On the twenty-fifth day of Christmas, Black Library gave to us…a World Eaters novel from Anthony Reynolds. Released on Christmas Day as the final part of the 2014 advent calendar, Khârn : Eater of Worlds is set post-Heresy, looking at the fractured and damaged remnants of the World Eaters legion in the aftermath of the Siege of Terra. Their primarch is gone, the chain of command ravaged, and rival factions are forming and threatening to rip the legion apart; the only one who might be able unify the legion is Khârn, but he lies unresponsive in a coma after being pulled from the battlefield on Terra.
Despite the title, this is very much a book about the World Eaters as a whole, and not just Khârn himself. It’s told mostly through the eyes of another captain, Dreagher of the Ninth, and of a human woman, Skoral, a medicae thrall and the closest thing the Ninth company has to an apothecary. While some readers might prefer Khârn to be front and centre for the whole story, by telling it this way Reynolds is able to really show just how bad a state the World Eaters are in, and what Khârn means to them at this point. By looking at characters from Skoral and her fellow humans through to a range of World Eaters at various points on the madness scale, not to mention a couple of Emperor’s Children as polar opposites to the World Eaters, he’s able to show the legion in an interesting light, conflicted, rudderless, slaves to their nature but just possibly, at this point still salvageable.
The narrative DNA of the Heresy series, not least Aaron Dembski-Bowden’s Betrayer, is clearly visible throughout this book; it’s in stark contrast to the way the World Eaters used to be portrayed as nothing more than frothing berserkers (although clearly that does apply to some of them at this point), once again demonstrating how even monsters as damaged as the World Eaters can be portrayed as layered, complex, relatable characters. It’s also a step up in quality from Reynolds’ previous Chaos Space Marine novels, the entertaining but nowhere near as clever or well-written Word Bearers series.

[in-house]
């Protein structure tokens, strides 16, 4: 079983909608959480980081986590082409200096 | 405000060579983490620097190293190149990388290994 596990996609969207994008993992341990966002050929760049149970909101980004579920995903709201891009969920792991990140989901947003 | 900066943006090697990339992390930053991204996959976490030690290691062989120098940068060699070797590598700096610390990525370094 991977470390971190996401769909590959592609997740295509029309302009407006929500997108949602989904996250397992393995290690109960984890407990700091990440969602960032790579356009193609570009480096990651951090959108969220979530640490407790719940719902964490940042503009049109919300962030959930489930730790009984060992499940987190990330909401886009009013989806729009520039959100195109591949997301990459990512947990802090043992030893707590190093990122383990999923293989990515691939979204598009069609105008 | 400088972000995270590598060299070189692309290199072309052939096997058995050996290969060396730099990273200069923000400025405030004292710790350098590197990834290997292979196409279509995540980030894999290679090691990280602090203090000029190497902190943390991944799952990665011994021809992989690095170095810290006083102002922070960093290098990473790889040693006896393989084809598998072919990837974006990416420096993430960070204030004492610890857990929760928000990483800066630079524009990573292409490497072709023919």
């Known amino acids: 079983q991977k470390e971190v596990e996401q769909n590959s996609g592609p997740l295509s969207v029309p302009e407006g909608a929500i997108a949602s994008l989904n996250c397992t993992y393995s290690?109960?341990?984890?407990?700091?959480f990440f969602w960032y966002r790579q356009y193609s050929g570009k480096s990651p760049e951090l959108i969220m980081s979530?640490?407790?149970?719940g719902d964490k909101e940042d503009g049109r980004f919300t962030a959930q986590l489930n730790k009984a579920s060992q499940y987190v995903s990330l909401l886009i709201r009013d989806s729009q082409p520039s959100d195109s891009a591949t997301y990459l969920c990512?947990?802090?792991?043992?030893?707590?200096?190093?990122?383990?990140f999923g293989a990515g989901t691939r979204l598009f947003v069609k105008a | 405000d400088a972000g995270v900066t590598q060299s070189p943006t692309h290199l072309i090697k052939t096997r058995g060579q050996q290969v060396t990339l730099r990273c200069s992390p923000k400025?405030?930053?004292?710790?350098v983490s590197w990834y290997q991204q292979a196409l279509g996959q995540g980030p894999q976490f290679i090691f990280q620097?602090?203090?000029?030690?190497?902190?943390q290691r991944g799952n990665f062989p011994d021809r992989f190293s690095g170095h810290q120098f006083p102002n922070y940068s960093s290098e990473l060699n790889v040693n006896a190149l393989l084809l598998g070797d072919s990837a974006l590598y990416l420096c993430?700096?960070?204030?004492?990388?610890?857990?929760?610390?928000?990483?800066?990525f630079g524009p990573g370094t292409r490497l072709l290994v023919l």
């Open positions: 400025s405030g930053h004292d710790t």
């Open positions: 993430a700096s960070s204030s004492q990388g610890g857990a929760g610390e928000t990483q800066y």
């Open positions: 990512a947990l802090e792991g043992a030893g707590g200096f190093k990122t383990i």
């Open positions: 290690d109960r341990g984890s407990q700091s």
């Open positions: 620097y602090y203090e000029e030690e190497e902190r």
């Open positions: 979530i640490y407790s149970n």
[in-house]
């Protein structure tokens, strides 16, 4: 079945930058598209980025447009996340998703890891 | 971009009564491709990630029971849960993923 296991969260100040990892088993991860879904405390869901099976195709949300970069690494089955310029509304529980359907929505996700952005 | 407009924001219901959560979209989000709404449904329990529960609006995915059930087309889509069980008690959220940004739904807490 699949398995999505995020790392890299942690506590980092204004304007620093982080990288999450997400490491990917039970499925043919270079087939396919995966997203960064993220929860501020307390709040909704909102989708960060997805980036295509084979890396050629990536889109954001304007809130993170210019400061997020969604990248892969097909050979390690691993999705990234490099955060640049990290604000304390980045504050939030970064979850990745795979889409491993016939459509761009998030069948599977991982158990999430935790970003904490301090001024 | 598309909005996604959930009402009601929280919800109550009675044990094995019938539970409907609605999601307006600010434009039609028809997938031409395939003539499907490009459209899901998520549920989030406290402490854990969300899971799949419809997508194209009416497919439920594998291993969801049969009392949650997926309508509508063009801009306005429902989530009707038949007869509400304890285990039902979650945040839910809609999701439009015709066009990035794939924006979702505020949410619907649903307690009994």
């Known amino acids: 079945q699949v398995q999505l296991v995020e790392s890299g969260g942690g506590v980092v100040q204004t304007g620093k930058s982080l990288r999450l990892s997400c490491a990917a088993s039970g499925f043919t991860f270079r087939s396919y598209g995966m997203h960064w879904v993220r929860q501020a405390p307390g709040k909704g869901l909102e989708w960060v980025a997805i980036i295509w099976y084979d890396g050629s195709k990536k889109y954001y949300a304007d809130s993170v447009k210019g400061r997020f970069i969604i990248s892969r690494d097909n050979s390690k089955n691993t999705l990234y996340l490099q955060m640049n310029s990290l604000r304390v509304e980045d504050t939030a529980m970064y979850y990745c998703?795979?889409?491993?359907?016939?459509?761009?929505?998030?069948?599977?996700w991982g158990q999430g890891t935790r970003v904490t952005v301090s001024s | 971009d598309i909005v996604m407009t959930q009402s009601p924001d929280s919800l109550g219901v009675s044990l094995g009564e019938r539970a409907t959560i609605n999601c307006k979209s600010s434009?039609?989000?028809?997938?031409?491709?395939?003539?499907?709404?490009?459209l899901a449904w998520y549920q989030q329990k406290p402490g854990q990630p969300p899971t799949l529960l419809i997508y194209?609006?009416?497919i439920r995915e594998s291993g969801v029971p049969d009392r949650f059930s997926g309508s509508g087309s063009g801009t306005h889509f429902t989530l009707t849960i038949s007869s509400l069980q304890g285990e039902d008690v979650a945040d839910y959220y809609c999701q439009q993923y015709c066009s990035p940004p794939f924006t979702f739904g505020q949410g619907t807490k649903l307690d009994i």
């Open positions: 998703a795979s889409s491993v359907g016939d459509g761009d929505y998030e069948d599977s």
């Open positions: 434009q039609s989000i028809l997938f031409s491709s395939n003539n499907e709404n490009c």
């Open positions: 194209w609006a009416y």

The main criticism to be levelled is that the book is simply too short. Coming in at perhaps 80k words or so, it’s maybe a third shorter than most Black Library novels; while it’s a thoroughly entertaining story, plotted and paced well, there is inevitably the issue of value when placed up against other novels. This also ties into a question around how much ground it covers – without offering spoilers, there is clearly need for another book to cover the remaining parts of Khârn’s story, so the question has to be asked (given this book’s length) whether the whole thing couldn’t have been covered in a single volume. That notwithstanding (we’ll have to wait to answer that question until the next one is released) this is an impressive, satisfying novel, despite its brevity, and is well worth reading for any 40k fan, but especially those with a penchant for the World Eaters and their particular brand of brutality.